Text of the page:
(j3.2006) (SC22WG5.3675) [ukfortran] N1755: Request for new features from MPI Forum
Thu Nov 13 03:19:37 EST 2008
On Nov 13 2008, Aleksandar Donev wrote:
>*Unless*, they also have the VOLATILE attribute! Two attributes together
>mean something different. The contract should be as follows: If the
>programmer knows that the value of the actual can change during the
>execution of the program by means outside of the program (which, by the
>way, are under the control and responsibility of the programmer, not
>God!), then he/she is obliged to put the VOLATILE attribute on the dummy
>so as to tell that to the compiler. The constraints ensure that no copy
>in/out will be performed and thus those changes will be visible in the
>routine. The INTENT(IN) attribute means that the value should not change
>because of actions in the routine itself. In particular, external means
>should not modify the value unless *both* the actual and the dummy are
>VOLATILE. If it is intent OUT or INOUT or unspecified, then you can only
>add VOLATILE to the dummy if the volatility only occurs while the
>routine is executing but not once it finishes: the changes become
>visible to the caller upon return.
Good God! That makes C const look clean. Sorry, but degrading Fortran
INTENT(IN) to be even worse than C const is a horrible idea.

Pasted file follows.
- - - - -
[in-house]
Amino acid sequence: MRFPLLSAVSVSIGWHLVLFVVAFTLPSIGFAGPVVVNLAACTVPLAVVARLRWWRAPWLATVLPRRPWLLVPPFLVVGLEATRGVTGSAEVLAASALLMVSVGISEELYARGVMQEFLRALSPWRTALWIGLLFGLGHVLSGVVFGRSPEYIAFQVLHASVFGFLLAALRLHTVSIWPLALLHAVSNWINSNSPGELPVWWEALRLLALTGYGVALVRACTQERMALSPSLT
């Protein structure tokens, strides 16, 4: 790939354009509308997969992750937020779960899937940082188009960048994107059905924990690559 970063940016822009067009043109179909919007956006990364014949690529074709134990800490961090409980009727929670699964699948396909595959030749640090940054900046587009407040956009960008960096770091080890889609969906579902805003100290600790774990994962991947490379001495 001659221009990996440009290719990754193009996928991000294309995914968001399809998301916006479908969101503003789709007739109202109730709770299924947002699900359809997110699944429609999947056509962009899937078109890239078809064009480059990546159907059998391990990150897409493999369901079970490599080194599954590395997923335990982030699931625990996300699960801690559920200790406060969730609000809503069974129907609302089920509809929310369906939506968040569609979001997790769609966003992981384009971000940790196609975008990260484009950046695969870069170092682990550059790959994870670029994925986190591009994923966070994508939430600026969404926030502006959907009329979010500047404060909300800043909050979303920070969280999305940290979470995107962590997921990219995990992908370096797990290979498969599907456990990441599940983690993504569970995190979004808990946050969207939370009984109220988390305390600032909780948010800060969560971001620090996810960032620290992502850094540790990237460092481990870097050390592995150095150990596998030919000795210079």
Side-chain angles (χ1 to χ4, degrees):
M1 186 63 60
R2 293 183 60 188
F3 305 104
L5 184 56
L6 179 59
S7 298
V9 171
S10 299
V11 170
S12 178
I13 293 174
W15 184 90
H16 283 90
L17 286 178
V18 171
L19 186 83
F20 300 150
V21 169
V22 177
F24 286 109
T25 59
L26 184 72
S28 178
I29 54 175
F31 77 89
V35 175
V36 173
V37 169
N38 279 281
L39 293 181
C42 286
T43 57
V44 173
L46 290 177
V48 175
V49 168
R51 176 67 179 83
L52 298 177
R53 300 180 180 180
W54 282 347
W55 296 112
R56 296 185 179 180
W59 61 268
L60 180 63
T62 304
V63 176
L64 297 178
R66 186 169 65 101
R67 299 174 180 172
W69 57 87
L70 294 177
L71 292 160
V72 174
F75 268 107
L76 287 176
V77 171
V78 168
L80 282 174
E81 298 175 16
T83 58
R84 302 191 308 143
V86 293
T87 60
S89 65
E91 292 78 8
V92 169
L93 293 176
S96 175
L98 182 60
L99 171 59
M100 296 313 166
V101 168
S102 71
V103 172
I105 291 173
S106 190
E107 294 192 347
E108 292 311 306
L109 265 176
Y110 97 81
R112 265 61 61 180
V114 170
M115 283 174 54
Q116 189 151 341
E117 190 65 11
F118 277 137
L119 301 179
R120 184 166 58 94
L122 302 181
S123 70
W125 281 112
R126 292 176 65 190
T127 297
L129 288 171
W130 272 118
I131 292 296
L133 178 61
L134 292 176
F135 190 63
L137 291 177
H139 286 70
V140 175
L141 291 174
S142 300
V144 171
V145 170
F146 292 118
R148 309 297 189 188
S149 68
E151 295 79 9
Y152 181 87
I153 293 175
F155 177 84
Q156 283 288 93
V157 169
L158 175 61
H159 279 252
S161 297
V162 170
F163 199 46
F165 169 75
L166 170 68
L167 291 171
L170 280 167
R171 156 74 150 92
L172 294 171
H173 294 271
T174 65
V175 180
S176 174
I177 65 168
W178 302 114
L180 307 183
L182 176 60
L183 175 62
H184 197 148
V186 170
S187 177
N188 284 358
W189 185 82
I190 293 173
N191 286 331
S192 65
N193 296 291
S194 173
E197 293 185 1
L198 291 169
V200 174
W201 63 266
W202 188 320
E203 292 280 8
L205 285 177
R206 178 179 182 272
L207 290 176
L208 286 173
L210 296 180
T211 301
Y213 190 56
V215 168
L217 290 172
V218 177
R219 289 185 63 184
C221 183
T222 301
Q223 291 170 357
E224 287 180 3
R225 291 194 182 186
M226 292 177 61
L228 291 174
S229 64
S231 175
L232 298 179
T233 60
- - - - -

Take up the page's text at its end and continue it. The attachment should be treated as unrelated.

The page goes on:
I am not exaggerating when I say that C const is almost universally regarded
as a FAILURE by people who have attempted to use it seriously. It does have
some use in protecting kiddies against themselves - but, unfortunately, the
benefit is lost because the kiddies sooner or later trip across the 'gotcha'
it introduces, and end up wasting more time than they had saved.
C const was originally introduced to aid optimisation; most compiler writers
tried using it, found that doing so broke conforming (but revolting) code,
and now more-or-less just check its syntax and otherwise ignore it.
Please, please, can we learn from other people's mistakes?
>Correct, which is why those constraints are stupid and should not be
>there. It is the programmer's responsibility to manage the interaction
>with the non-Fortran processes, and to add the attribute when necessary.
>At the same time, he/she should have the freedom to omit it when it is
>not necessary, to permit optimizations. Adding silly constraints that
>prevent nothing but restrict the "management" cannot be rationalized by
>the types of explanations you and Bill have provided.
How ON EARTH can a programmer do that in the absence of a specification?
And I can assure you that there are NO specifications for 'external
volatile' that apply to more than one compiler x operating system
combination. And perhaps none even for any of those - I have never seen
one, anyway :-(
I have been writing portable Fortran for nigh-on 40 years, and all competent
users at Cambridge do the same. That allows them to debug on a workstation
and run on an HPC system, switch HPC systems and so on.
University of Cambridge Computing Service,
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